We are born natural movers, and that is what we are intended to still be. Now, researchers are confused why some of us are not responding to exercise, no matter how hard we try.

"Is your workout getting you nowhere?", is the opening question posed by Ms. Gretchen Reynolds in her Globe & Mail newspaper article published, January 13th, 2017. For far too many, this acknowledgement is a bitter, if not overwhelming pill to swallow. They are discouraged.

"Non-responders" is what fitness researchers call people who exercise, yet see little if any improvement. Researchers are fascinated by this group, even though answers to the WHY are inconclusive. Their recommendations are to perhaps switch to a different form of exercise.

Articles from the same newspaper just two years previously, quoted other experts who advised that "exercise programs that pushed subjects to higher levels of intensity would likely eliminate non-response." Simply, try harder.

Image courtesy of

Image courtesy of

 "Do. Or do not. There is no try". Star Wars aficionados will undoubtedly recognize the line as belonging to the wise but demunitive, Yoda. His wisdom, pre-meme generation, has become a modern slogan — a reminder to commit oneself to something completely, no matter the outcome. Yet, that sage advice from Master Yoda has been ignored, even by so-called experts. The facts are clear: Some people are not responding in any way, shape or form to conventionally accepted wisdoms of exercise.

In this error of ALTERNATE FACTS, far too many of us are looking for other answers, even while ignoring the obvious question: Why do people even need to exercise at all?

It has become an accepted truth that, of-course we must exercise. After all, that is how we stay healthy and fit. Isn't it? Its benefits range from improved endurance and musculature to increased longevity. Right? Evidently not. So why do we accept that we must workout?

The modern era of fitness began and meandered it's way through the '70's with jogging and jazzercise to the current CrossFit phase and militarized fitness craze. But prior generations did not look at exercise the way that we do today. It was simply a way of life.

We made time for fitness, if only by simply walking to get ice cream after dinner, with the entire family in tow. And even without the gym equipment, apps and fitness trackers that we now have at our fingertips, we were more healthy than we currently are. So, what changed?

Practical demands of life in previous generations meant that people had to literally run for their lives. This process created a human animal that adapted to NEEDING to move to stay healthy. Today, those needs have been removed, and yet, the human body still follows the old rules: move or suffer from dis-ease.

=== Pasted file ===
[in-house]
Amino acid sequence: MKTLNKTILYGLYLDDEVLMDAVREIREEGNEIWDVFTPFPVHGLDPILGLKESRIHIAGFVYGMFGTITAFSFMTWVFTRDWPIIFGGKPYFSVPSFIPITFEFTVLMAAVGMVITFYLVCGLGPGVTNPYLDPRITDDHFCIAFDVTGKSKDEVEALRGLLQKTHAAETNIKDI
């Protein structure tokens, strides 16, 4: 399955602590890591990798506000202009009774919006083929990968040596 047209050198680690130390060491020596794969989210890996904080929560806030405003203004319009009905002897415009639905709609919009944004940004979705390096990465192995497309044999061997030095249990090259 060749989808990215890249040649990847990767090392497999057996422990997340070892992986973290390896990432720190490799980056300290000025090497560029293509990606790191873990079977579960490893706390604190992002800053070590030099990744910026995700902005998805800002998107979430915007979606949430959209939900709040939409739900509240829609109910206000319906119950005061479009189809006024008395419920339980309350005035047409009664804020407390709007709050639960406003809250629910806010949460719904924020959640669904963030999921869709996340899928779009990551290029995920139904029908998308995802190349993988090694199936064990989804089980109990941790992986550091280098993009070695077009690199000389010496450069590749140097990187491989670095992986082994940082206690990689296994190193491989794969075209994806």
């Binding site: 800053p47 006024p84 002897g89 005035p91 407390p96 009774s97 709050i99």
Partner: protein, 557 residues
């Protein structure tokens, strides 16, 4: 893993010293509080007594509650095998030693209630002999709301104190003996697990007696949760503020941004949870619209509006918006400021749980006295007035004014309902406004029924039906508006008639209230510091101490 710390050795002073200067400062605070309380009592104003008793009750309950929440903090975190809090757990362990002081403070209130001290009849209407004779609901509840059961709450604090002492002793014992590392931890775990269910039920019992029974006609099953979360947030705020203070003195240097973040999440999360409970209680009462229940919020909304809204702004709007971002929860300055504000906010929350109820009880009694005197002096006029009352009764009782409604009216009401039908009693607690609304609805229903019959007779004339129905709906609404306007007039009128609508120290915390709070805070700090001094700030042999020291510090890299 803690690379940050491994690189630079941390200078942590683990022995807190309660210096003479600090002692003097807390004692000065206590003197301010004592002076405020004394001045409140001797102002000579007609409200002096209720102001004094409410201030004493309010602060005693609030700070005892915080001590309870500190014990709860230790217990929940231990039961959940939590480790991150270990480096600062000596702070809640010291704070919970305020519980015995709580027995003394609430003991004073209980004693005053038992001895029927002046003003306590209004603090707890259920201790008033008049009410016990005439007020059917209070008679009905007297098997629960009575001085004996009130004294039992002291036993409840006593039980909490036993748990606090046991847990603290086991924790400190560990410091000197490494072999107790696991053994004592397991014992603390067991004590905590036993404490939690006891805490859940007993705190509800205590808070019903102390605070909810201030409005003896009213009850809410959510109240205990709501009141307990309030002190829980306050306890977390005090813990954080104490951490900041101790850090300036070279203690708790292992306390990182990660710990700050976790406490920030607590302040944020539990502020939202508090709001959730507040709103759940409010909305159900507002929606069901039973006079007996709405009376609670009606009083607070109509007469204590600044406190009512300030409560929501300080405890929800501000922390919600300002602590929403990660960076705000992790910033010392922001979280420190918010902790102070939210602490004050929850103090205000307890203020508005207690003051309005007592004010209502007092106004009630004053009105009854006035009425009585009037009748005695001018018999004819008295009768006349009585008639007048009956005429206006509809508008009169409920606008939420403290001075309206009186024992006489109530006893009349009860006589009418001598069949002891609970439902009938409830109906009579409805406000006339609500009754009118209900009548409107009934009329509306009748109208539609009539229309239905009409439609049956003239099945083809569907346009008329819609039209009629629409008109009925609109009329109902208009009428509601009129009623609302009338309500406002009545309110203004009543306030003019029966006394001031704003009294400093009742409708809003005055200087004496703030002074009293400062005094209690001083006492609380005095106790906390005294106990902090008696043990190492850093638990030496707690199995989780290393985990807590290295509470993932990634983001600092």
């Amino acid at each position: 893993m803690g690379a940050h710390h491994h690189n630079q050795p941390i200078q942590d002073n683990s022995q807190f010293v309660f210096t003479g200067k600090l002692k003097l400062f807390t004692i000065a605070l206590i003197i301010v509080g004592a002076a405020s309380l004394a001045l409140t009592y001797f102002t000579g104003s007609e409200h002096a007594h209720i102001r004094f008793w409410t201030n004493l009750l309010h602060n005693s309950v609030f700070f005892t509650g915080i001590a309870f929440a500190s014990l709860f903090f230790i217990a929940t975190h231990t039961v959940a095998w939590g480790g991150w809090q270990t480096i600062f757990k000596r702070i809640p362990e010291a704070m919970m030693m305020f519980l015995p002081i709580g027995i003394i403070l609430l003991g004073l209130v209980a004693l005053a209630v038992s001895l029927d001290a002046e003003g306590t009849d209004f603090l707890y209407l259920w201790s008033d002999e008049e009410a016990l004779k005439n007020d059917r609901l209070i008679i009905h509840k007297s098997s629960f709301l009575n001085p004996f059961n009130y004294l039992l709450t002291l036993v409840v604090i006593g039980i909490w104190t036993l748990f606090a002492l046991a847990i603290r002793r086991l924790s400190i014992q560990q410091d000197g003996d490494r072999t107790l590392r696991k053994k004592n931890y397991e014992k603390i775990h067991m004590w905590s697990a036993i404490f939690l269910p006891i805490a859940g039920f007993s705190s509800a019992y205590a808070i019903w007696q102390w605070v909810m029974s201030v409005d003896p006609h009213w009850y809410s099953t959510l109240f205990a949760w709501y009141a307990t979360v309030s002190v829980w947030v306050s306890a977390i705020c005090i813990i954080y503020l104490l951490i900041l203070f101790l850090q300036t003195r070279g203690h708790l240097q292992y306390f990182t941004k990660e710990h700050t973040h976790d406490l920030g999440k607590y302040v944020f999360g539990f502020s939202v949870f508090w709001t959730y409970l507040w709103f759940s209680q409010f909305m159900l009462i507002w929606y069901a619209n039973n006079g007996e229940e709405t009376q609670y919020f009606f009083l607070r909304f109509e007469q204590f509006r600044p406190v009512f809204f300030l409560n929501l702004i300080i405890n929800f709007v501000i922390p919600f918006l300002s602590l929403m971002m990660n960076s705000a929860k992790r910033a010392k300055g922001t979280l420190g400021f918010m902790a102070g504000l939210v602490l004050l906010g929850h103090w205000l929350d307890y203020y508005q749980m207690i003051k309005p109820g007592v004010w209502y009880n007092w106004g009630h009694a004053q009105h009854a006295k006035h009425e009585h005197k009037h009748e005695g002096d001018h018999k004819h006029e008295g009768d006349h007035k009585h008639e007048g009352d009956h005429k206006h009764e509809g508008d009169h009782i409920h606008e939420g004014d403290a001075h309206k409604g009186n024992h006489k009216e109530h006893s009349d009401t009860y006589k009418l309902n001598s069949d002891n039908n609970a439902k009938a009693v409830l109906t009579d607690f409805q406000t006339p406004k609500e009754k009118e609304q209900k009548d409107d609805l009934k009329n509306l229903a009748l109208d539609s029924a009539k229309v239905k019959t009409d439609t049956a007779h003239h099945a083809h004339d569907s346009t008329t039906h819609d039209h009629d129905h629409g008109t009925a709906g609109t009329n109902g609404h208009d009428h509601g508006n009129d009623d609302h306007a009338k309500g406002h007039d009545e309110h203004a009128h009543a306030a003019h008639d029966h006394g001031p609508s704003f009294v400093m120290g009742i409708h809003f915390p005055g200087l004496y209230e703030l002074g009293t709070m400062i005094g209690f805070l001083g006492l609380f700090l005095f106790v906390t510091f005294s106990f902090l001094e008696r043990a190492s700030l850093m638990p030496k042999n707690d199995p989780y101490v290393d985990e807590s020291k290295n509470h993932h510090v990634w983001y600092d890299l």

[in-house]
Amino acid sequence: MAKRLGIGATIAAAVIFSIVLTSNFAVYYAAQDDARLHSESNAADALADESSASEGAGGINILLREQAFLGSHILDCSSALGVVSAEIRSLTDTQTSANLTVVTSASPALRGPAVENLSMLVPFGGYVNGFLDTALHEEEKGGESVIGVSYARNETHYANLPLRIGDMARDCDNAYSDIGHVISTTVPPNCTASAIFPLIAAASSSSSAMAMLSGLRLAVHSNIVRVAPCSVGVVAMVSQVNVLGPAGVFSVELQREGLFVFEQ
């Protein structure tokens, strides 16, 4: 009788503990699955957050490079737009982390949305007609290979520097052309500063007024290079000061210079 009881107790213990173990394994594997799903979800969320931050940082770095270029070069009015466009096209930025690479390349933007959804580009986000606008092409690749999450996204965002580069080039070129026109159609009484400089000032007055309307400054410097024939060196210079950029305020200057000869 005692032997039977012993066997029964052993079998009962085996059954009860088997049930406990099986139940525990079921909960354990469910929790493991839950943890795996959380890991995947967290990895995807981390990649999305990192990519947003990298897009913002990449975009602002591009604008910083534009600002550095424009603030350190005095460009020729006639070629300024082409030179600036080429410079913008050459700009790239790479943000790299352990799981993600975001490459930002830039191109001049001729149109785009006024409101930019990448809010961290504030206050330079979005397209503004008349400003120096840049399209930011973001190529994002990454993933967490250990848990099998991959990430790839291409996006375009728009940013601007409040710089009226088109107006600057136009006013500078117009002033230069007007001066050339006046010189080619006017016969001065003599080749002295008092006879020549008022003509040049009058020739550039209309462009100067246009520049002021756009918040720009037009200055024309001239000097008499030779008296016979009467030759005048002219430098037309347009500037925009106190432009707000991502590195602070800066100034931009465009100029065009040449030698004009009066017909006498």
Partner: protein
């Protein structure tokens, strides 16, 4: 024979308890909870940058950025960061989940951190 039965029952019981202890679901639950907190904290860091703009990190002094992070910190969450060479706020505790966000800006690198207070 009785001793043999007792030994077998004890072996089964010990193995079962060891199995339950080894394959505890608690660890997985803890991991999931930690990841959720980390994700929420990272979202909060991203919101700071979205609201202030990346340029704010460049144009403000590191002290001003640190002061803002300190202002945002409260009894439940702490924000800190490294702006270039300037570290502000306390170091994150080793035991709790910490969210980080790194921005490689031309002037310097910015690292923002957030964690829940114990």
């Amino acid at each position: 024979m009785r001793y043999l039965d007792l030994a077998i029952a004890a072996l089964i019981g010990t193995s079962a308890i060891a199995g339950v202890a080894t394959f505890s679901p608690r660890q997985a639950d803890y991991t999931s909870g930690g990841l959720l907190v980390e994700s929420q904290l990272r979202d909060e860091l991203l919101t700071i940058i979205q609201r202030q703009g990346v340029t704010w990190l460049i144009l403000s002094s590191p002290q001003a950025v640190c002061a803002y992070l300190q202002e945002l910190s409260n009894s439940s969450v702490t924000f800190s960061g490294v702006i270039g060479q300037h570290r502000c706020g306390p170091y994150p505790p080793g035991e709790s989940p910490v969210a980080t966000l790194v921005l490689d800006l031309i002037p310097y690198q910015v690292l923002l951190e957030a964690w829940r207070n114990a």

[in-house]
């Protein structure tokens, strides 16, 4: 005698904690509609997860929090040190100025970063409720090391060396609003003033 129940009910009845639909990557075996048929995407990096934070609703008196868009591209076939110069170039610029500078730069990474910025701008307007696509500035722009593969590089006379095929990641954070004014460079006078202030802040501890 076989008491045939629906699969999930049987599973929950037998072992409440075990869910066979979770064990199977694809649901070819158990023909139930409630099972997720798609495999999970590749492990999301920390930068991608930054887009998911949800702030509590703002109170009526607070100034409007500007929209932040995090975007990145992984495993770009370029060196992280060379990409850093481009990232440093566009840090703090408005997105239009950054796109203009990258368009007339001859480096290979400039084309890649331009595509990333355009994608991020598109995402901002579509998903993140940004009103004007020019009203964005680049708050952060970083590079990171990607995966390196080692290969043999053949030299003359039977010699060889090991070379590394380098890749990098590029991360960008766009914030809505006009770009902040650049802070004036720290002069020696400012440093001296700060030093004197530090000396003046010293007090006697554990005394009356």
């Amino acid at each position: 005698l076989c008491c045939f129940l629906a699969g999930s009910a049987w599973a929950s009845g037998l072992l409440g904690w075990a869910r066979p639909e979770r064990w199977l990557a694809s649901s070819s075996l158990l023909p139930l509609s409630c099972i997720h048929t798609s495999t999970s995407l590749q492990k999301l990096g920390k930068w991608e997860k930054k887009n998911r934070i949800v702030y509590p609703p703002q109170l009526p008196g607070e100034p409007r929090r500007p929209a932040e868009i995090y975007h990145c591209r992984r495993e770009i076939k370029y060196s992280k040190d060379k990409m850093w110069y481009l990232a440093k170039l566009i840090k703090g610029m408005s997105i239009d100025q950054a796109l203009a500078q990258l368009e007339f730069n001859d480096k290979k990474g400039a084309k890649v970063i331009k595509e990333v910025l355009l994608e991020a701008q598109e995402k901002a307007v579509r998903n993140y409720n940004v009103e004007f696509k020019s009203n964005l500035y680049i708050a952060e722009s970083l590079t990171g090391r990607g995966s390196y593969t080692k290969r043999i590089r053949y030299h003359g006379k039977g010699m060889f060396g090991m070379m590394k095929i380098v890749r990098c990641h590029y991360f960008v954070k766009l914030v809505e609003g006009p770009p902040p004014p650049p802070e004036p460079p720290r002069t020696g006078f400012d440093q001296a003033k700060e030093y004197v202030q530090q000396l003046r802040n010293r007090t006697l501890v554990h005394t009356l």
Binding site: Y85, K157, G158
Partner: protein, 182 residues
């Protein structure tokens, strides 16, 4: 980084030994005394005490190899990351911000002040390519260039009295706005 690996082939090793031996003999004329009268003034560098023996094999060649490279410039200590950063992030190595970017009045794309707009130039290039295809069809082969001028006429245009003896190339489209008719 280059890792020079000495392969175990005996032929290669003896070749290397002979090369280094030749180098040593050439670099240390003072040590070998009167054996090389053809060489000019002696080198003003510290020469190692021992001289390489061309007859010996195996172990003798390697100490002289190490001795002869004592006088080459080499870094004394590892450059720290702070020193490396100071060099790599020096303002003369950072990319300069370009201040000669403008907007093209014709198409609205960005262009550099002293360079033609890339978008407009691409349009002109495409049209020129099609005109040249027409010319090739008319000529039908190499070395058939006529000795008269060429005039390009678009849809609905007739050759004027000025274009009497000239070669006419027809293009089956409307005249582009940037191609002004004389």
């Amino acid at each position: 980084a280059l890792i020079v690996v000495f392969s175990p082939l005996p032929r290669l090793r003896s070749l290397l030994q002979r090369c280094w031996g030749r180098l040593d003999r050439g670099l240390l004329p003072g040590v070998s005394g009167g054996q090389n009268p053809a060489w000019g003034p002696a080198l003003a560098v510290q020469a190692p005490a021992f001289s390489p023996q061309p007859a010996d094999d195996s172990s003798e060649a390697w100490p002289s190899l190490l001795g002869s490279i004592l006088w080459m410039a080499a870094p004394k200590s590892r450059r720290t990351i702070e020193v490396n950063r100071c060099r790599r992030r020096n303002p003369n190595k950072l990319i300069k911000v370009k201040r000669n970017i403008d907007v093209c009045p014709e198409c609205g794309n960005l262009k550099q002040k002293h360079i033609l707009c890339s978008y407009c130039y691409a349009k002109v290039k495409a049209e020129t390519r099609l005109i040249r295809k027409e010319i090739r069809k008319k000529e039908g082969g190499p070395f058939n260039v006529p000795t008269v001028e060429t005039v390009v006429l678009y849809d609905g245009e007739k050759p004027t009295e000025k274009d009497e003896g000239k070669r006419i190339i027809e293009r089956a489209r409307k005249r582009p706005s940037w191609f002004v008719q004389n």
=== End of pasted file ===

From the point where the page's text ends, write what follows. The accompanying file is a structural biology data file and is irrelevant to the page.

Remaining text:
Constant motion is our calling, and we need not look as far back as earlier ancestors. Look no further than a toddler or a child. They are in perpetual motion while awake. Like early man, children have to know not only how to walk, balance, jump, crawl, climb, lift, carry, run, throw and catch things, and occasionally, fight. And when that was done, dance. However, as their lives became more structured, so did their health falter.

Ancient Greeks, and later the Romans, embraced and nurtured the body’s beauty and strength, and physical training - as a philosophical ideal - it was born as an essential part of total growth: we needed to be sound in mind and in body. But today, it is viewed to just be a means to an end, no longer celebrated as a practical means to life. We've grown accustomed to the ideal that we are all entitled to human rights, yet many have forgotten that it is pared with human responsibility. Movement is an obligation.

Movement skills are tools that we are all born with and develop over time through childhood including strength, balance, agility, mindfulness and mental strength. I believe that we should all take some time in whatever our training modalities of choice are to return to these functional skills that have been lost due to sedentary behaviours. Perhaps these lost functions are why some of us have become the non-responders that researchers are so perplexed by. I'll go even one step further and say that lack of movement kills. In fact studies show that more than two hours of continuous, uninterrupted sitting, even when combined with regular exercise, are linked with death from breast or colon cancer, increased incidence of diabetes and obesity, heart attacks, and stroke.

Move it or lose it. For those who still can.

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